West Africa is no stranger to dope instrumentation. Legends like Fela Kuti and Toumani Diabate influenced the world by creating unique rhythms and melodies using the instruments of their home countries. Body-moving clicks, hits and rattling frequencies represent themselves throughout their arrangements, but what are these sounds and how are they made? Down below we dive into the instruments of West Africa, touching on sounds from Cameroon to Mali and everywhere in between. Check out the videos to hear the instruments and see how they’re played.
The Kora is a 21-stringed instrument constructed from a large Calabash Gourd and covered with cow skin to act as a resonator. Though little Western classification can be placed to it, some associate it with the harpsichord family, calling it a “double-bridge-harp-lute.” Its beautiful range can be heard across West Africa in various countries such as Guinea, Mali, and Burkina Faso amongst others.
The Shekere is a dried vine gourd covered in woven beads to produce a rattling sound when shaken. Although many variations and names of the instrument are made across West Africa, the Shekere is predominately associated with Nigeria.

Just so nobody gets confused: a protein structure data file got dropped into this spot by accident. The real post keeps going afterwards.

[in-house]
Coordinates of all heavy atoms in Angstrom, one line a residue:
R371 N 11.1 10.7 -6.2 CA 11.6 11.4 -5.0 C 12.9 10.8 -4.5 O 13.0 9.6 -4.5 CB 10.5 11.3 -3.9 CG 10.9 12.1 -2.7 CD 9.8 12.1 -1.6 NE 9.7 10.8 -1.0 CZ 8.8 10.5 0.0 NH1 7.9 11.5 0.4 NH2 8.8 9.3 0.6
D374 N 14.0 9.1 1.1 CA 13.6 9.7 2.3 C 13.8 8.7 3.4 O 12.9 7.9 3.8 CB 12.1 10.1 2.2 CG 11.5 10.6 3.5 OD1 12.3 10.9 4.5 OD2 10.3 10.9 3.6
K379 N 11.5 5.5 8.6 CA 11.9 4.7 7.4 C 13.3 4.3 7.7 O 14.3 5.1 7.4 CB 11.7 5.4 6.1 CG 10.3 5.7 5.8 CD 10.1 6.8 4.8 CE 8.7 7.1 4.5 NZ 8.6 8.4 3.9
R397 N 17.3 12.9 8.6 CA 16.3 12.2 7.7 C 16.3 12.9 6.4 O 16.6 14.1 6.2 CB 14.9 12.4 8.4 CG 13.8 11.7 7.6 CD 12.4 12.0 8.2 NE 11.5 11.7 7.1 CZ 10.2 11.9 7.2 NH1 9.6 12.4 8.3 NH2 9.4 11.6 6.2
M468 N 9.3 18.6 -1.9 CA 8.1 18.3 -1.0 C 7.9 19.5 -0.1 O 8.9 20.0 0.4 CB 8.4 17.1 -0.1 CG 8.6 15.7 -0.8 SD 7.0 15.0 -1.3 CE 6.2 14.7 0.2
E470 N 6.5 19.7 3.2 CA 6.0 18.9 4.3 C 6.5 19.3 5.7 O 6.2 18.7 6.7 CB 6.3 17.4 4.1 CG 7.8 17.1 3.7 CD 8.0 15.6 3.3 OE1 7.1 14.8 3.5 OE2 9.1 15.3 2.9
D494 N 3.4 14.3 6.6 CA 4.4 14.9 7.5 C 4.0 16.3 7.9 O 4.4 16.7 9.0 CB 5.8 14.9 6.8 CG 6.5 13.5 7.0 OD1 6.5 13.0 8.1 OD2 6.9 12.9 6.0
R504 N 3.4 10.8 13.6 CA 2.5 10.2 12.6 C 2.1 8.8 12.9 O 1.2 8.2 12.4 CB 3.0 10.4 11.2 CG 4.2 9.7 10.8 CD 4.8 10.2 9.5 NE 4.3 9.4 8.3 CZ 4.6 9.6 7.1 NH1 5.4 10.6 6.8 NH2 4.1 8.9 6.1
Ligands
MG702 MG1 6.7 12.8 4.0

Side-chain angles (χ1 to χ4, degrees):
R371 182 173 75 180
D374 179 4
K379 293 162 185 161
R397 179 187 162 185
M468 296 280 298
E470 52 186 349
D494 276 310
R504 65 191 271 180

The Balafon is a wooden-keyed percussion instrument similar to a xylophone or vibraphone. It can be either be played in a fixed key (attatched to a wooden frame with Calabashes hung beneath) or free key (having wooden keys on any surface). Its rich sound is derived from the strike of a padded mallet to its carefully shaped individual keys. The inception of this instrument is linked to many West African countries such as Mali, Senegal, Cameroon, and Gambia just to name a few.
Akuba is the name given to three small Yoruba congas which are played together in a complementary style. Played with sticks and hand alike, the Akuba drums often assume the lead role in the afrobeat sound, giving the musician the freedom to improvise and even direct dancers on stage. Also used in connection with the Nigerian Yoruba language, the drums help in complimenting the various tones of the spoken idiom.
The Soku is a single stringed fiddle native to Mali.
A. Malik McPherson for Okayafrica.com. With more than half the population in many African nations under 25, the bright continent is currently undergoing an explosion of vibrant new music, fashion, art and political expression. Okayafrica is dedicated to bringing you the latest from Africa’s New Wave.